Montbretia & Galls

It took me a long time to register that some of the Montbretia in my patch is not Crocosmia x crocosmiiflora (C. aurea x pottsii) but one of the parents – Crocosmia pottsii (Potts’ Montbretia).

Duncan told me a couple of years ago that the latter was frequent in the southern part of VC105  – across the water on the mainland. Then Ian recorded some on Skye and showed it to Seth who has been pointing it out ever since.

I now have it in eight tetrads in seven 10km squares, but I am sure it is in many more. The flower shape and colour are different but perhaps the easiest character is the zigzag nature of the flowering stem in the hybrid compared with being almost straight in Potts’:


Hybrid (left) and Potts’ Montbretia (right). Both West Suisnish, Raasay

Both seem capable of fairly invasive behaviour.

Also a couple of galls near the house today:

Taphrina tosquinetii

The gall caused by the fungus Taphrina tosquinetii on Alder.

Aceria pseudoplatani

Galls caused by the mite Aceria pseudoplatani on Sycamore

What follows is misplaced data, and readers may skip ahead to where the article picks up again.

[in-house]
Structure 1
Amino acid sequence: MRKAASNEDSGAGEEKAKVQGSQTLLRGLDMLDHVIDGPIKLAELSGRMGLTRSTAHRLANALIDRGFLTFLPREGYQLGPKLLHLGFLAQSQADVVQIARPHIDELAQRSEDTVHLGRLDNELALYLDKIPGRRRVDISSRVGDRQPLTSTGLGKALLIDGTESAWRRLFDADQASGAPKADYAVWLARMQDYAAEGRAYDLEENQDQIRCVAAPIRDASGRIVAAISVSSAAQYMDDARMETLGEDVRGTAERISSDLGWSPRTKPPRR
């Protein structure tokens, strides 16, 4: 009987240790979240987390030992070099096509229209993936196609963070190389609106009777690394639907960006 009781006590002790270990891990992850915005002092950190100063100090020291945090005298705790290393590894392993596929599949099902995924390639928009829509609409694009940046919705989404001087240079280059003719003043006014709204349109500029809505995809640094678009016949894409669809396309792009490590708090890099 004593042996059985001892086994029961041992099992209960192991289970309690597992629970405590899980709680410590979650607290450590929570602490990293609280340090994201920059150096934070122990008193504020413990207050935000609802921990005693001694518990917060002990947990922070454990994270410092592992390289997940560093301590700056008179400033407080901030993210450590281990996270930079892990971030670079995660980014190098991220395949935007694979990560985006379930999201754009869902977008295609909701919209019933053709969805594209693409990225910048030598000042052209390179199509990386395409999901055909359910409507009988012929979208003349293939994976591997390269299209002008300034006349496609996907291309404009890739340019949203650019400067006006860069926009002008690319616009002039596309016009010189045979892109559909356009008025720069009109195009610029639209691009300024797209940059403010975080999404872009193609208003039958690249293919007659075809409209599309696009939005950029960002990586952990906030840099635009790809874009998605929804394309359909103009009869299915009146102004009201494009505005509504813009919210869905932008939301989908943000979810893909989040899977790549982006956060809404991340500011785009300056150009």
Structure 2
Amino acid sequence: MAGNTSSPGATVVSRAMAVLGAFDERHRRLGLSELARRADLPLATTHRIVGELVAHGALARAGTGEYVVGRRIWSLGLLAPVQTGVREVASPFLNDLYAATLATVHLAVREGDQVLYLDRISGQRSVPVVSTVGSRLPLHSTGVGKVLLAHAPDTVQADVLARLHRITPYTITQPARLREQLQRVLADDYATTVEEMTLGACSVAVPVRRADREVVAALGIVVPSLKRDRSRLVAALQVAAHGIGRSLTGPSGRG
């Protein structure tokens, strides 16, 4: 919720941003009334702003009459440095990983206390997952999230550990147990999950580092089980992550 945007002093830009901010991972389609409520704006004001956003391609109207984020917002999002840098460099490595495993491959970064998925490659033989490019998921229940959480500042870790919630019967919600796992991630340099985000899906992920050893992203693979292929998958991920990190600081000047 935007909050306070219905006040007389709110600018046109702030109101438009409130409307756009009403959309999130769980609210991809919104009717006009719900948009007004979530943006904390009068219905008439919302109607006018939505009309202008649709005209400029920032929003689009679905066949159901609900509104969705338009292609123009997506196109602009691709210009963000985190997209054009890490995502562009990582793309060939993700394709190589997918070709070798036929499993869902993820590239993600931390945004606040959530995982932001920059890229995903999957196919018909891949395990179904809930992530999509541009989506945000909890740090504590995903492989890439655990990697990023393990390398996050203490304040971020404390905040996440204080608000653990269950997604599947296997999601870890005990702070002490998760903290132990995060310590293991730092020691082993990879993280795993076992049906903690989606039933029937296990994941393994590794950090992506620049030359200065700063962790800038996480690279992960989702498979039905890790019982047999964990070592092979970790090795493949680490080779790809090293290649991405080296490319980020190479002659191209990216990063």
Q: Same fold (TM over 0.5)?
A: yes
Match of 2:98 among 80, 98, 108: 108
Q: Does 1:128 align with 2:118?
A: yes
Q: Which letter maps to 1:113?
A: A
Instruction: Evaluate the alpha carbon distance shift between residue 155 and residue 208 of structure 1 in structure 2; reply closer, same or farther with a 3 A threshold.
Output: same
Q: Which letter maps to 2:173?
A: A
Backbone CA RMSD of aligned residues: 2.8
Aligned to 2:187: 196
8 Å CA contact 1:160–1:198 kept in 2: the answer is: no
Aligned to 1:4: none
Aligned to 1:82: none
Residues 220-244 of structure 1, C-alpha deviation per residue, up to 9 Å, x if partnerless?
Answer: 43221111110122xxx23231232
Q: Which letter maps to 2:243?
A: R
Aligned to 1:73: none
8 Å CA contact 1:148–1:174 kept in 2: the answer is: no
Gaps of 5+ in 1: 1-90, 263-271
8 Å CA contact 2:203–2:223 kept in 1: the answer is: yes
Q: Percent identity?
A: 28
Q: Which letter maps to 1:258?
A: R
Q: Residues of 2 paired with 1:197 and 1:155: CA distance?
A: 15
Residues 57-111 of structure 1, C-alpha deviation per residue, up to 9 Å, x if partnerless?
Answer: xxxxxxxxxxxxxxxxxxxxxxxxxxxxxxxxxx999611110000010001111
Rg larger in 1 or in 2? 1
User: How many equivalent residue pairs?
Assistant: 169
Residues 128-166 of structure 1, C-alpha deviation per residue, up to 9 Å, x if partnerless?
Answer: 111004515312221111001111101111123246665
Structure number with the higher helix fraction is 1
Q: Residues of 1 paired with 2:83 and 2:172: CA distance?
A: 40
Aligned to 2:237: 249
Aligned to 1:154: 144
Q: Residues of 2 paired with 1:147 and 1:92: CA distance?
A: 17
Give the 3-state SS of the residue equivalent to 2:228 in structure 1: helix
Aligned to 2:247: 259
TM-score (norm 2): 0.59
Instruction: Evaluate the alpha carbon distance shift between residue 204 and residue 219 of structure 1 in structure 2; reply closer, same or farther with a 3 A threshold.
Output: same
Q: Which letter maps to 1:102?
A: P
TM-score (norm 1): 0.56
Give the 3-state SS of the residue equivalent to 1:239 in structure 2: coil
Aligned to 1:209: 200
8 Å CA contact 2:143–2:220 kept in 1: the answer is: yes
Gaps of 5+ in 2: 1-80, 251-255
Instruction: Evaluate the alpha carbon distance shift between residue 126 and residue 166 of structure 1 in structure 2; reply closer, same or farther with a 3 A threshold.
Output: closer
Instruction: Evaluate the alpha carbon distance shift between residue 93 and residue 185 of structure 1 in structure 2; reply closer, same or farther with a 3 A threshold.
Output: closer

4 Responses to “Montbretia & Galls”

  1. Seth Gibson Says:

    And just to be even more of a pest, despite many websites naming it Pott’s Montbretia, or even plain old Potts Montbretia, it is in fact Potts’ Montbretia. You can blame Ian for that too 🙂

    • Seth Gibson Says:

      The leaf blades of Potts’ are more stiffly upright than in the hybrid, which often has drooping/bent over blades. Potts’ is more rigidly erect. I think the leaf blades may be larger (or wider, at least) too.

  2. Stephen Says:

    Oh yes, so it is.

  3. Busy B(otanist)s | Plants of Skye, Raasay & The Small Isles Says:

    […] An occasional report on botanical and related activity in Skye, Raasay & the Small Isles « Montbretia & Galls […]

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